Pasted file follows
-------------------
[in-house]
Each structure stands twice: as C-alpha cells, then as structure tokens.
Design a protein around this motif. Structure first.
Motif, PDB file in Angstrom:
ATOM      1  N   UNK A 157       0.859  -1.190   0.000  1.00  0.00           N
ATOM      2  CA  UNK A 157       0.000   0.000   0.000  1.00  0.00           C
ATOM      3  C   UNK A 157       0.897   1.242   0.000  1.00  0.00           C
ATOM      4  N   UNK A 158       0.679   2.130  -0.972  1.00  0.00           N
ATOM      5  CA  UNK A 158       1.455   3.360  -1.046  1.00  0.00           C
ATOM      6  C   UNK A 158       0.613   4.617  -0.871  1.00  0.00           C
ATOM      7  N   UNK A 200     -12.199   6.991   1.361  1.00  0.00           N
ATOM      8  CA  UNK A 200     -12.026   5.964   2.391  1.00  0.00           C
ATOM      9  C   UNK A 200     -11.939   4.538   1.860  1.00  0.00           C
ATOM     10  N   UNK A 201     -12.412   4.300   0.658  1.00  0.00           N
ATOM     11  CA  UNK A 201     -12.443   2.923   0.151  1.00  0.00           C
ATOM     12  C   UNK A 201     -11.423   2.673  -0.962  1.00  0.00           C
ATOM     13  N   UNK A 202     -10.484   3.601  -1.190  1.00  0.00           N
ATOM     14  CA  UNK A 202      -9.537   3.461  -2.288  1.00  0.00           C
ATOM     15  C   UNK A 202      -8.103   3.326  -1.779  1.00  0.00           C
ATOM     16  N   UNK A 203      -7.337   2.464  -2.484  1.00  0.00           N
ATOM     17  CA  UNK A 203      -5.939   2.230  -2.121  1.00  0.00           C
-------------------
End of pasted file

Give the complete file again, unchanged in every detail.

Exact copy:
[in-house]
Each structure stands twice: as C-alpha cells, then as structure tokens.
Design a protein around this motif. Structure first.
Motif, PDB file in Angstrom:
ATOM      1  N   UNK A 157       0.859  -1.190   0.000  1.00  0.00           N
ATOM      2  CA  UNK A 157       0.000   0.000   0.000  1.00  0.00           C
ATOM      3  C   UNK A 157       0.897   1.242   0.000  1.00  0.00           C
ATOM      4  N   UNK A 158       0.679   2.130  -0.972  1.00  0.00           N
ATOM      5  CA  UNK A 158       1.455   3.360  -1.046  1.00  0.00           C
ATOM      6  C   UNK A 158       0.613   4.617  -0.871  1.00  0.00           C
ATOM      7  N   UNK A 200     -12.199   6.991   1.361  1.00  0.00           N
ATOM      8  CA  UNK A 200     -12.026   5.964   2.391  1.00  0.00           C
ATOM      9  C   UNK A 200     -11.939   4.538   1.860  1.00  0.00           C
ATOM     10  N   UNK A 201     -12.412   4.300   0.658  1.00  0.00           N
ATOM     11  CA  UNK A 201     -12.443   2.923   0.151  1.00  0.00           C
ATOM     12  C   UNK A 201     -11.423   2.673  -0.962  1.00  0.00           C
ATOM     13  N   UNK A 202     -10.484   3.601  -1.190  1.00  0.00           N
ATOM     14  CA  UNK A 202      -9.537   3.461  -2.288  1.00  0.00           C
ATOM     15  C   UNK A 202      -8.103   3.326  -1.779  1.00  0.00           C
ATOM     16  N   UNK A 203      -7.337   2.464  -2.484  1.00  0.00           N
ATOM     17  CA  UNK A 203      -5.939   2.230  -2.121  1.00  0.00           C